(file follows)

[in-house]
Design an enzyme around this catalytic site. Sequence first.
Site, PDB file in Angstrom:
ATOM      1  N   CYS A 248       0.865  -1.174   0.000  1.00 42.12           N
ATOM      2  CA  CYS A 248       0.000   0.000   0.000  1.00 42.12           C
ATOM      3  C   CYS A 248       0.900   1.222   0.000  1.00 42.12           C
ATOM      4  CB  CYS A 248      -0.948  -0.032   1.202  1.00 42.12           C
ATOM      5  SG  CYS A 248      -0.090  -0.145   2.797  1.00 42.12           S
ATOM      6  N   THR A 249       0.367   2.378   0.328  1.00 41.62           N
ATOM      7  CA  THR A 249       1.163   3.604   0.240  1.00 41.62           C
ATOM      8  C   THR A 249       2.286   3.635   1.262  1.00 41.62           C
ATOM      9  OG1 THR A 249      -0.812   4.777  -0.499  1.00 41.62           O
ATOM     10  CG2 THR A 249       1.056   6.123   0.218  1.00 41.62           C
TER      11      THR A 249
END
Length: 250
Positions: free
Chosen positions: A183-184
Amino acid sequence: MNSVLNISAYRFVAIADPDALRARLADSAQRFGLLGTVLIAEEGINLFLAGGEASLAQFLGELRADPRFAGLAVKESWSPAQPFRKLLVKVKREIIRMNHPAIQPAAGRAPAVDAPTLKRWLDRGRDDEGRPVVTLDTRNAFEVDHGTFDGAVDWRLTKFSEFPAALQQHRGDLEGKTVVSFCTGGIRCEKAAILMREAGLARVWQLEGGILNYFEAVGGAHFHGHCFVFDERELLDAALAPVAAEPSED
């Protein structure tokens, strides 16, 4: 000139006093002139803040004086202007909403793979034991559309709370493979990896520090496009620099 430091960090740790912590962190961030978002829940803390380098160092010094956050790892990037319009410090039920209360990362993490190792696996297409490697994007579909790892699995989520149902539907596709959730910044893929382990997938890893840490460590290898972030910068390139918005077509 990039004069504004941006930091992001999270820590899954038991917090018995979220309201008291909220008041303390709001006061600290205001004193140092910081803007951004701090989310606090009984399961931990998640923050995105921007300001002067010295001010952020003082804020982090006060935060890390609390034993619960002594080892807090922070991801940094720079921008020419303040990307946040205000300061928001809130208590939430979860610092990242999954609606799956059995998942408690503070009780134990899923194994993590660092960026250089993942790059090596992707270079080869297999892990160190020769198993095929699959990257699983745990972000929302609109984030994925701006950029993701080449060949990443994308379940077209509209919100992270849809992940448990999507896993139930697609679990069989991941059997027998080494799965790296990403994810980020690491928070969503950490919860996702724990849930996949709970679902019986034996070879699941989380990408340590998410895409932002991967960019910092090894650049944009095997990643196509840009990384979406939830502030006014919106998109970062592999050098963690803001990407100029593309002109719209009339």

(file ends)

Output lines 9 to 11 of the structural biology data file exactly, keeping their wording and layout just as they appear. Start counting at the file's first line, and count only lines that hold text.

ATOM      6  N   THR A 249       0.367   2.378   0.328  1.00 41.62           N
ATOM      7  CA  THR A 249       1.163   3.604   0.240  1.00 41.62           C
ATOM      8  C   THR A 249       2.286   3.635   1.262  1.00 41.62           C